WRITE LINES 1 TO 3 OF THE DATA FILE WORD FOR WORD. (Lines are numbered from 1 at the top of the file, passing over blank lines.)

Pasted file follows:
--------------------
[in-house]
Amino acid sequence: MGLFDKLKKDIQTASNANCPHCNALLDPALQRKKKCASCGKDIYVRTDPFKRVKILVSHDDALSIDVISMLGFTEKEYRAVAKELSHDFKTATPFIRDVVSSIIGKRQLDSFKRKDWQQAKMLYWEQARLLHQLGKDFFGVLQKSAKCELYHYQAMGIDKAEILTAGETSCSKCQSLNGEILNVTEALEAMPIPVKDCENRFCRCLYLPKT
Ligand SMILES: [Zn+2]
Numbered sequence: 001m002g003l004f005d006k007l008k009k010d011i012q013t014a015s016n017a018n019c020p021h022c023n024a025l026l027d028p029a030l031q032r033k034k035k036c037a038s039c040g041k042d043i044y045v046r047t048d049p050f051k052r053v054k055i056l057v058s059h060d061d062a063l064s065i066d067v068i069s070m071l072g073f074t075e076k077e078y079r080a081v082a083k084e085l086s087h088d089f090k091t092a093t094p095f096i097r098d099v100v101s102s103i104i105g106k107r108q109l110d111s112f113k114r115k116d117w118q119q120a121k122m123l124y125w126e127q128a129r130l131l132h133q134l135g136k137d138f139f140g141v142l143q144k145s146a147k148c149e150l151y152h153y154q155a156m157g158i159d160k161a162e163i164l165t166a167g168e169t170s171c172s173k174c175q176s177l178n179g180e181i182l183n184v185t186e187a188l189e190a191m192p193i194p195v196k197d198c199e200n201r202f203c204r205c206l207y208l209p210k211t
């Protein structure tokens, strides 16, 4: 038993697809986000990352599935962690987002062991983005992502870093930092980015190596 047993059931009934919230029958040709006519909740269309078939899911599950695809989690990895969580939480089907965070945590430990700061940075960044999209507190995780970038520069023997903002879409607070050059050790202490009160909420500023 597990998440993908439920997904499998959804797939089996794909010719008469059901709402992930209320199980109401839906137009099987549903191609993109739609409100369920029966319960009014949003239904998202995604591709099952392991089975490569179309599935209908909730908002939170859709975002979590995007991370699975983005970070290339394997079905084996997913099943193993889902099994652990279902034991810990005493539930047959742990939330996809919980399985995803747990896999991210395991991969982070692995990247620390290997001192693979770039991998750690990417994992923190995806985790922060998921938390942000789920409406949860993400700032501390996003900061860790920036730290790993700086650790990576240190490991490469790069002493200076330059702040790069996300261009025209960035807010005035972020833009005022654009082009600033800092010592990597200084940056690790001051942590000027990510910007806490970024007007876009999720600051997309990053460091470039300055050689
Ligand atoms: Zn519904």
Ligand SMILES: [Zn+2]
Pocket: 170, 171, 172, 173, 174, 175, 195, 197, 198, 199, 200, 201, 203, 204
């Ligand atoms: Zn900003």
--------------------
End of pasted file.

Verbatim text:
[in-house]
Amino acid sequence: MGLFDKLKKDIQTASNANCPHCNALLDPALQRKKKCASCGKDIYVRTDPFKRVKILVSHDDALSIDVISMLGFTEKEYRAVAKELSHDFKTATPFIRDVVSSIIGKRQLDSFKRKDWQQAKMLYWEQARLLHQLGKDFFGVLQKSAKCELYHYQAMGIDKAEILTAGETSCSKCQSLNGEILNVTEALEAMPIPVKDCENRFCRCLYLPKT
Ligand SMILES: [Zn+2]